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I remember ten years ago in Android I would go to settings - encrypt disk - to protect all my data. That was different to a screen lock password.

However, I just bought a new Samsung Galaxy A23 phone and there is no option anywhere in settings to encrypt the disk. There is only a screen lock (face, fingerprint, pin, password).

Are Android phones these days not encryptable any more - or is all my data encrypted by the screen lock in the 2020s?

Furthermore, assuming the screen lock does encrypt the disk, there is an option to factory reset the phone after 15 failed attempts. But I assume that does nothing if someone has direct access to the disk itself.

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    By "Android" you seem to mean "Google Android" (all phones that comply with the Google Android Compatibility Test Suite and thus come with pre-installed Google services). For other Android phones I am not sure if encryption is already included in AOSP but the manufacturer could anyway modify those non-Google Andorid phone in any way they want.
    – Robert
    Sep 7, 2022 at 9:36
  • Sorry, doesn't Google make Android? How do you have a phone that is Android but not Google Android? Like a Chinese one that we can't buy outside their country?
    – Richard
    Sep 7, 2022 at 12:21
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    Recent Huawei phone are Google free (thus not Google Android) and can be bought AFAIK world wide. Also smaller manufacturer provide such phones.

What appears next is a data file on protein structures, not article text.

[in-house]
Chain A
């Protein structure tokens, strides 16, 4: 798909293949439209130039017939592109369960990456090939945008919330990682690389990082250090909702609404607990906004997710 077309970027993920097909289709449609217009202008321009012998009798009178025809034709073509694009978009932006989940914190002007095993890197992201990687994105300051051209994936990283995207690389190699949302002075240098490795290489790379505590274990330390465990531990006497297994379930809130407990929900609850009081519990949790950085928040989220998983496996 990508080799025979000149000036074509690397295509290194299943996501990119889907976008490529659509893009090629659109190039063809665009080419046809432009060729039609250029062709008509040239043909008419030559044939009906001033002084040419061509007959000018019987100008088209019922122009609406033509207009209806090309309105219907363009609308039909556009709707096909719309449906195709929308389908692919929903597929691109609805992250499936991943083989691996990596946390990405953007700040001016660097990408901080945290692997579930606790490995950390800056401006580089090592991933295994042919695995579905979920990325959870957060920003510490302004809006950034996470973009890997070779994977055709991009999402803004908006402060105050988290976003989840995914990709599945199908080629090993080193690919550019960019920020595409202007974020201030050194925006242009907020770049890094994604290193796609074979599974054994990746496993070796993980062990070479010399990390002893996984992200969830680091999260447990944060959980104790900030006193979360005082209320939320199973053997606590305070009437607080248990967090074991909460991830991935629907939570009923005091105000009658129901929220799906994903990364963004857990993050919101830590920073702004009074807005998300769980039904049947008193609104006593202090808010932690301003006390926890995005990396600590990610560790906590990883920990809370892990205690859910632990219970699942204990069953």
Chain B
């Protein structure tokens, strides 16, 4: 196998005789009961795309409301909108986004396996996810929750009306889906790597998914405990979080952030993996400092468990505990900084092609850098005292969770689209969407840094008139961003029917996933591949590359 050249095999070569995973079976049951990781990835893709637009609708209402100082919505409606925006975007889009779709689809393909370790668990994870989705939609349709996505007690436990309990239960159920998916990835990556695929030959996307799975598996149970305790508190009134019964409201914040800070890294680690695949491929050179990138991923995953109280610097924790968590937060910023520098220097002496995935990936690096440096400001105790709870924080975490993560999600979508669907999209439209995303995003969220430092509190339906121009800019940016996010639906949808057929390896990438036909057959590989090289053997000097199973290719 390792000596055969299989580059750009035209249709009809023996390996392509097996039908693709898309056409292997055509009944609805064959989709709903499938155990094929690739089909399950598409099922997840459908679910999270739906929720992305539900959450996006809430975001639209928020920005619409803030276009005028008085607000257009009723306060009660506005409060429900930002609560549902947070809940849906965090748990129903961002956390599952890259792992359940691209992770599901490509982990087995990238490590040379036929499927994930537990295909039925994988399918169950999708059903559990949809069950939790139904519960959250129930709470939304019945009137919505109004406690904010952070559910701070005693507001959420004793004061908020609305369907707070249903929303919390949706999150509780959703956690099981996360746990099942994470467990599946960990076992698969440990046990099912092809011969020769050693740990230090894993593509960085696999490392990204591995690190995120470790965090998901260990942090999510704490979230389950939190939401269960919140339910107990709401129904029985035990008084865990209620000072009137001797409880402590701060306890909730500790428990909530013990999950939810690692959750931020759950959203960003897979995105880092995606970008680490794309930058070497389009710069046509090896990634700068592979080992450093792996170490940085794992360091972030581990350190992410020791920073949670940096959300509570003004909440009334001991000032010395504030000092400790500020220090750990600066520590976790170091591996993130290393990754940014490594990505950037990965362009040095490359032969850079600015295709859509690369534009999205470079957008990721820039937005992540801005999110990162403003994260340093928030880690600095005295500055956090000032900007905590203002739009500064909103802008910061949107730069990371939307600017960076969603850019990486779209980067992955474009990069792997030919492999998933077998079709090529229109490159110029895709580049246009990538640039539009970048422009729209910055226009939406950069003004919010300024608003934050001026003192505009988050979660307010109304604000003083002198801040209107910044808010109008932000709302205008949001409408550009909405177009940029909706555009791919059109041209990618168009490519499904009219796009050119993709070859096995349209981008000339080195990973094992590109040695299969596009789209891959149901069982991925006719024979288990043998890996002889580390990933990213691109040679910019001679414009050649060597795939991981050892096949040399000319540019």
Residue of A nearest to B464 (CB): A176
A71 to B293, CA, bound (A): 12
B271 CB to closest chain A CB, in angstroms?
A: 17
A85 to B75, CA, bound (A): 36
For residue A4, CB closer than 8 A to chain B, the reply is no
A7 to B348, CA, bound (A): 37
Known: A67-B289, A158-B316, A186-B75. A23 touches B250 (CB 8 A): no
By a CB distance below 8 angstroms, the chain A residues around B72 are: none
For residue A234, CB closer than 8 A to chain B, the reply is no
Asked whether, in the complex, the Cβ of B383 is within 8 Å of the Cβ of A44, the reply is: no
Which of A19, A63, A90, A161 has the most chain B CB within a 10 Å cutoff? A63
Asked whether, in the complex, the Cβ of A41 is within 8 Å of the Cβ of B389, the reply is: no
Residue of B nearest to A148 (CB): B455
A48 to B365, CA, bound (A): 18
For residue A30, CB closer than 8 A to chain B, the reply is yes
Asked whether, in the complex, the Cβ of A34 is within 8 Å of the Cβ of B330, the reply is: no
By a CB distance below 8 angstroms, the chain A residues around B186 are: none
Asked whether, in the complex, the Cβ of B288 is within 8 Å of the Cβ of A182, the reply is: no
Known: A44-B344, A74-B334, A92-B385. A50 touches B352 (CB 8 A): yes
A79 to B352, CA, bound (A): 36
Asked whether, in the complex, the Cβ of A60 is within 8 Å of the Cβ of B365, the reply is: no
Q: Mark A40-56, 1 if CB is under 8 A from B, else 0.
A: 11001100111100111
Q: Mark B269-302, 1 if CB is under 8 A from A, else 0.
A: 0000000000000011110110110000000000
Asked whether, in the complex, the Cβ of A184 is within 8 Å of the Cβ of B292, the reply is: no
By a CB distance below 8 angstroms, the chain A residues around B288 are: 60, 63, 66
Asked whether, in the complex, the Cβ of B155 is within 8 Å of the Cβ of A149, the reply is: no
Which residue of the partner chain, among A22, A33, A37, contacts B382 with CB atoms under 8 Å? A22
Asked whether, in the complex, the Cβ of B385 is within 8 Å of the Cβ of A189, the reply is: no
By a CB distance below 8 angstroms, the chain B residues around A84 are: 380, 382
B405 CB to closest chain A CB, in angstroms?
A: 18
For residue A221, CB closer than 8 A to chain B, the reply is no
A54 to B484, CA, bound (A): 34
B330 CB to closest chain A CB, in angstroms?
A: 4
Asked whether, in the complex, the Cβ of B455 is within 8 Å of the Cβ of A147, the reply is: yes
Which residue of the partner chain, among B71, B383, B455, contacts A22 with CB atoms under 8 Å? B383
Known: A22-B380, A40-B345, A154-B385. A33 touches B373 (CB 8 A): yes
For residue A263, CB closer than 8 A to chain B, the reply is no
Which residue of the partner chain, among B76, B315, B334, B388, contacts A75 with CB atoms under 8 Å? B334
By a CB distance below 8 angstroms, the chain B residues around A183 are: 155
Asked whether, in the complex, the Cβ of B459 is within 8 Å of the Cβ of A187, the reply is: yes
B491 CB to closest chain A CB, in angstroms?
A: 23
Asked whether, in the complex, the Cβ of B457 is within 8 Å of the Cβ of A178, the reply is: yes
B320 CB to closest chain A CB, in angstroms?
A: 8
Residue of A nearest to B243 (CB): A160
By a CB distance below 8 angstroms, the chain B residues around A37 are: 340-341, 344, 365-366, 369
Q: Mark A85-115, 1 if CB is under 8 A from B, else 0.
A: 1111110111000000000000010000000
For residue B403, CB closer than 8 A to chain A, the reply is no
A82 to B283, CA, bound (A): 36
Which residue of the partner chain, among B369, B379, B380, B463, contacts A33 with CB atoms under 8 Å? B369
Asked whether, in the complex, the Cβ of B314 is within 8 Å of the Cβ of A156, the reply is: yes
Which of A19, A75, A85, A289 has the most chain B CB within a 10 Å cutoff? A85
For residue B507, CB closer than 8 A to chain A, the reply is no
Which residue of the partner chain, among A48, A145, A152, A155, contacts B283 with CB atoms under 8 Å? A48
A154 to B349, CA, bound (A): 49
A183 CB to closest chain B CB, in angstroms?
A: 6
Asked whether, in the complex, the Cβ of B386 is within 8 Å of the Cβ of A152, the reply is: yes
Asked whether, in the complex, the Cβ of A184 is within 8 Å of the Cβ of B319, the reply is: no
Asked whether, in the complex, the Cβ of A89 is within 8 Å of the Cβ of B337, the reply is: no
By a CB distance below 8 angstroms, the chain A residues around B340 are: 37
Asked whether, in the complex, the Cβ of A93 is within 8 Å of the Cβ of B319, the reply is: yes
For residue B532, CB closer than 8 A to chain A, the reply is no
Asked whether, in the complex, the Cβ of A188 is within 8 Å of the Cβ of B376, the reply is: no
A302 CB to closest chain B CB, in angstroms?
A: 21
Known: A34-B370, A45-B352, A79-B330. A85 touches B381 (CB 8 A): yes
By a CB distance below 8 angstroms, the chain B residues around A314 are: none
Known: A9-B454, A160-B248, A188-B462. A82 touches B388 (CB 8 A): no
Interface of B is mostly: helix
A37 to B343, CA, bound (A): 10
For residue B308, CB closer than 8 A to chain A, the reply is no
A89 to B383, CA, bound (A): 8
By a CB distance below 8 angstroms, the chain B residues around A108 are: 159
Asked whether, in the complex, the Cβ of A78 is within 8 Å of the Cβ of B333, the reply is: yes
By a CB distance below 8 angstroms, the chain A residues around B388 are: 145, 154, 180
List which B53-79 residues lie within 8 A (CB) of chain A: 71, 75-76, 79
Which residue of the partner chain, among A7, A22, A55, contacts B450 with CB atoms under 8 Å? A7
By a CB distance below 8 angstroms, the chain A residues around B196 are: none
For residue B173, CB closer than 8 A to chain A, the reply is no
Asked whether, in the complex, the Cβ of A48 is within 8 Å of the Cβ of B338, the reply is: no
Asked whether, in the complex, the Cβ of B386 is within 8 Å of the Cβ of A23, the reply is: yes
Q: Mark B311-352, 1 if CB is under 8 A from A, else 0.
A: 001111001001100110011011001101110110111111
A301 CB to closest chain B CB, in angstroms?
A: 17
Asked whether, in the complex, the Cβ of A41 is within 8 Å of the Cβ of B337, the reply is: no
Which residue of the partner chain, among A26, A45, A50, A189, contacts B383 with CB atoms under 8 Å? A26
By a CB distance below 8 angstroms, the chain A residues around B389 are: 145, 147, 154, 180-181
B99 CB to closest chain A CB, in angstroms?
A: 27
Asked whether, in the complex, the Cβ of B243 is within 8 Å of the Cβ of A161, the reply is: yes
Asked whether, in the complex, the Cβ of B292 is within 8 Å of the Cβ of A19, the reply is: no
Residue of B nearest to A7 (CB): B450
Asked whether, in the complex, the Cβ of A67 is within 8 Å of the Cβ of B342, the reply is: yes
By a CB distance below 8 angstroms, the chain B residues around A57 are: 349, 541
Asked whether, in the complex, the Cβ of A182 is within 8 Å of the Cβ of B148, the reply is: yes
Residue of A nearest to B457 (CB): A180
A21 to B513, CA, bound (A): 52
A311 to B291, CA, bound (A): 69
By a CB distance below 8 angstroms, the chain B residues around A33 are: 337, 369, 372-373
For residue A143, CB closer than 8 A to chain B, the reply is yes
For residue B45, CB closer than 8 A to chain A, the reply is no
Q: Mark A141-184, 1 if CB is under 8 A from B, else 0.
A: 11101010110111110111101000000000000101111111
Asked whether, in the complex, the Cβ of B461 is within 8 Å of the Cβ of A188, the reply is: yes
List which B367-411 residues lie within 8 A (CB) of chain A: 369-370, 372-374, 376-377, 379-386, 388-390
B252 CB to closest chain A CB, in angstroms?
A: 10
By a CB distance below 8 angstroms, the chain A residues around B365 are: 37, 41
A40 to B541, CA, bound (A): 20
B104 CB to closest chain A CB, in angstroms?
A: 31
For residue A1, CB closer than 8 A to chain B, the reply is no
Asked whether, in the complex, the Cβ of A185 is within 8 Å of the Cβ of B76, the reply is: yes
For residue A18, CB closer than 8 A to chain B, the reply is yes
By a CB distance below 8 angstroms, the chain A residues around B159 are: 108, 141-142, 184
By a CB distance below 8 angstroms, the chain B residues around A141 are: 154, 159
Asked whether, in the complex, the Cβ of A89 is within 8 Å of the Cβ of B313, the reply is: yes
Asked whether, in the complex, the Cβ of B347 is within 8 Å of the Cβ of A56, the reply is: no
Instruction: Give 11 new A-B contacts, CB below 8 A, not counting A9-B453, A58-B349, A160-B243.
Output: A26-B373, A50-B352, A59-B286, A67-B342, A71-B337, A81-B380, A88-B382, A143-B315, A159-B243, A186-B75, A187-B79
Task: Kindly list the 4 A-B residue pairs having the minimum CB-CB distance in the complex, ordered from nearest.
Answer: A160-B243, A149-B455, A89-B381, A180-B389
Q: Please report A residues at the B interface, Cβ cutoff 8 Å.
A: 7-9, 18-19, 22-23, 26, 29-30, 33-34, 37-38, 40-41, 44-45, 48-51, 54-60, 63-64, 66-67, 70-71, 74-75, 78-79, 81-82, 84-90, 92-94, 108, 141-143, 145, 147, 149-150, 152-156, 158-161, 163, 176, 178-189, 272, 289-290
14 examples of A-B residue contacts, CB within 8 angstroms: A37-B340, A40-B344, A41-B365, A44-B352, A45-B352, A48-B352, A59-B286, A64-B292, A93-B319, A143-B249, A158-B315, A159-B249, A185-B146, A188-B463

– Robert
    Sep 7, 2022 at 12:46
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    Reset after 15 failed is an opt-in feature that does reset your device. Having physical access is not enough for someone to compromise the device. This assumption is made for unencrypted data and unprotected boot. Phone unlocking is a big deal for spyware agencies right now and it doesn't always work.
    – defalt
    Sep 7, 2022 at 13:24

2 Answers 2

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Yes, new Android devices are encrypted by default and have been since Android 10.

Just yesterday, I received a new Pixel 6a and when looking into the settings, it showed all files as being encrypted with File-based Encryption

To quote the documentation (emphasis mine):

  • For new devices running Android 10 and higher, file-based encryption is required.
  • Devices running Android 9 and higher can use adoptable storage and file-based encryption.
  • For devices running Android 7.0–8.1, file-based encryption can't be used together with adoptable storage. If file-based encryption is enabled on these devices, new storage media (such as an SD card) must be used as traditional storage.

On a stock Android 13 installation, you can check the encryption status in the Settings under Security > Advanced settings > Encryption & credentials > Encrypt phone. It will show you that your phone is encrypted and also not give you any option not to have it encrypted.

On other Android flavors, such as that used by Samsung, it's possible that this option is not displayed, but given that encryption is mandatory since Android 10, they are encrypted.

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No, Note: Full-disk encryption is not allowed on new devices running Android 10 and higher. For new devices, use file-based encryption.

Information from here: https://source.android.com/docs/security/features/encryption

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